Fun and educational resources for the end of summer
While we’re all stressed and preoccupied with how we will educate our kids in the fall, the summer isn’t quite yet over! There’s still an opportunity to engage them through fun and educational summer activities - yes, it is possible to do both!
We’ve done our homework and curate a list of resources that your child (and you) can enjoy together. All of them have free materials, though some require premium membership for additional content. Spend quality time with your child, learn a new skill or two and make the most of the next few weeks!
This is an awesome YouTube channel for kids of all ages. They have tons of art lessons videos, including how to draw for kids, and even painting and origami lessons. I finally managed to draw that LEGO person instead of the stick figure that I usually draw for my 2.5 year old son!
If your kids love art and the Elephant and Piggie books as much as ours do, then tune in to the 15 episodes of Lunch doodle with Mo Willems! The Kennedy Center has archived the episodes, as well as the downloadable activities. The episodes are all less than 30 min in length and will be fun for kids of all ages (and maybe even some parents too!)
Once most museums closed in the spring, they began offering resources and interactive activities for your kids. It has videos to help you and your kid create things like fluffy cloud dough or lava lamps! The CMOM is one of the museums that I particularly like, but don’t forget to check out the website of your local museums, you can search here on https://findachildrensmuseum.org/at-home/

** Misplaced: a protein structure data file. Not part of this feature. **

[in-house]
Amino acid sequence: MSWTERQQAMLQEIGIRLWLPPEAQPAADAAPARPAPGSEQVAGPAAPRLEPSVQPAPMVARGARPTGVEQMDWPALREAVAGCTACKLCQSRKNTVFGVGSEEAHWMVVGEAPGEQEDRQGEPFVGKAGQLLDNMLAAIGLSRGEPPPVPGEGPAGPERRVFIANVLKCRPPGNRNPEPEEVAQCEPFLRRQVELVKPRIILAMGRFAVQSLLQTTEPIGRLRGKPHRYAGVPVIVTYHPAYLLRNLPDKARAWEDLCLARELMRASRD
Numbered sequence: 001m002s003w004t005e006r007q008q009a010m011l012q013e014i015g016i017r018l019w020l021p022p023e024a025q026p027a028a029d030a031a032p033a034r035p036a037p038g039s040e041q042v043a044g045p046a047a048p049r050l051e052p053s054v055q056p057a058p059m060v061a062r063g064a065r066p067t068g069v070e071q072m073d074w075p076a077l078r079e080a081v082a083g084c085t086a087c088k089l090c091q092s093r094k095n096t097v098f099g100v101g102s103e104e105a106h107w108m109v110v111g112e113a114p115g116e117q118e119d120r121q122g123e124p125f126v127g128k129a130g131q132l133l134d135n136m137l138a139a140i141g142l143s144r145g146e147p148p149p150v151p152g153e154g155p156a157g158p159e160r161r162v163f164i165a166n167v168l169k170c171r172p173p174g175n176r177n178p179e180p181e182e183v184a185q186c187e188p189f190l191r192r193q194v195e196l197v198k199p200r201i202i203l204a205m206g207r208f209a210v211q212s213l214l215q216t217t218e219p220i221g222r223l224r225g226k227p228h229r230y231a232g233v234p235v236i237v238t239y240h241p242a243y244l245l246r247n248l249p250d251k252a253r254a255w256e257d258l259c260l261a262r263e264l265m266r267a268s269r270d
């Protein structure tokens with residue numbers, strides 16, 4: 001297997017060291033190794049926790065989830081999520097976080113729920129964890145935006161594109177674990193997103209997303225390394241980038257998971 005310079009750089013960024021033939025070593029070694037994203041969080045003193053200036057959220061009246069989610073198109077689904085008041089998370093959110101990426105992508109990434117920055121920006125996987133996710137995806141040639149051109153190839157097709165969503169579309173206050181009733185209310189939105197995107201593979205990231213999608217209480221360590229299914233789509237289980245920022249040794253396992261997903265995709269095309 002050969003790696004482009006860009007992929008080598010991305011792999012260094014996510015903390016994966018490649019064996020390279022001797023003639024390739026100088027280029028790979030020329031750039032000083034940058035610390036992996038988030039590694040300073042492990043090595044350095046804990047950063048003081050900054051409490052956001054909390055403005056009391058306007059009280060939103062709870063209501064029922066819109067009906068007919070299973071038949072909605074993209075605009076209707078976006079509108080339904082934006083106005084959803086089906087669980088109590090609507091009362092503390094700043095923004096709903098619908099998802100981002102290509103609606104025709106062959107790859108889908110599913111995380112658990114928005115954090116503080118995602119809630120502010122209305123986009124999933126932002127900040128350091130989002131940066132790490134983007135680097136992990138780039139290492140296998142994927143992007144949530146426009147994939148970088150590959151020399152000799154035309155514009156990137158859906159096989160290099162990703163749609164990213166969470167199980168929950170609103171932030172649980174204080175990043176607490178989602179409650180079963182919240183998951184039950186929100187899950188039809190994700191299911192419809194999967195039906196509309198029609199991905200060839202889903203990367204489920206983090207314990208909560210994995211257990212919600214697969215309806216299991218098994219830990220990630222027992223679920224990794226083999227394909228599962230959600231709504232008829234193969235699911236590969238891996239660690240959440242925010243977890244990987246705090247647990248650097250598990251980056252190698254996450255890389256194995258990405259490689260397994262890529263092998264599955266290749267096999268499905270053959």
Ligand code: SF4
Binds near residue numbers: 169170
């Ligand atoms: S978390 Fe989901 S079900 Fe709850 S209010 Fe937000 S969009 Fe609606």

If your child loves assisting you in the kitchen, America’s Test Kitchen will make them fall in love with cooking and baking even more! The website provides recipes and hands-on activities and experiments. They even made it simple for parents by offering simpler recipes or activities for weekdays and a bigger project the whole family can accomplish on Saturday or Sunday.
Netflix has made a selection of their documentary features and series available on their YouTube channel. Please check the ratings so that you can make informed choices for your child. When I last checked, the channel now has 34 videos across topics such as the forest to the stock market. Whatever topic your child loves learning, this channel will likely have something that he/she will enjoy.
Audible is providing free stories to kids and teens. Your child can enjoy the classics and new books, including titles across six different languages. All stories are free to stream on your desktop, laptop, phone or tablet.
National Geographic is a national treasure! In addition to the engaging content about animals, nature, and places that you would expect- they also have science experiments that you can watch and re-create at home including Lava Lamp hacks and Eggperiments for interactive fun.
Kids need exercise, and now more than ever with all the time at home and in front of screens. Yoga and kids is a surprisingly good combination. Cosmic kids does a great job of engaging the kids in movement through storytelling adventures (like Cinderella, Frozen, and non-film related stories too). I mean what kid wouldn’t want to bend like a rainbow or pretend to be an airplane flying to a beach party in Belize?!
9. Head to the zoo
If you’re comfortable with heading outside, the zoo may be a great educational option (note: though its’s best to avoid any rides or eating establishments there). Many major U.S. zoos are open for business including the renowned San Diego Zoo, Houston, Philadelphia, Denver, Columbus, the Bronx and Brookfield Zoos among others.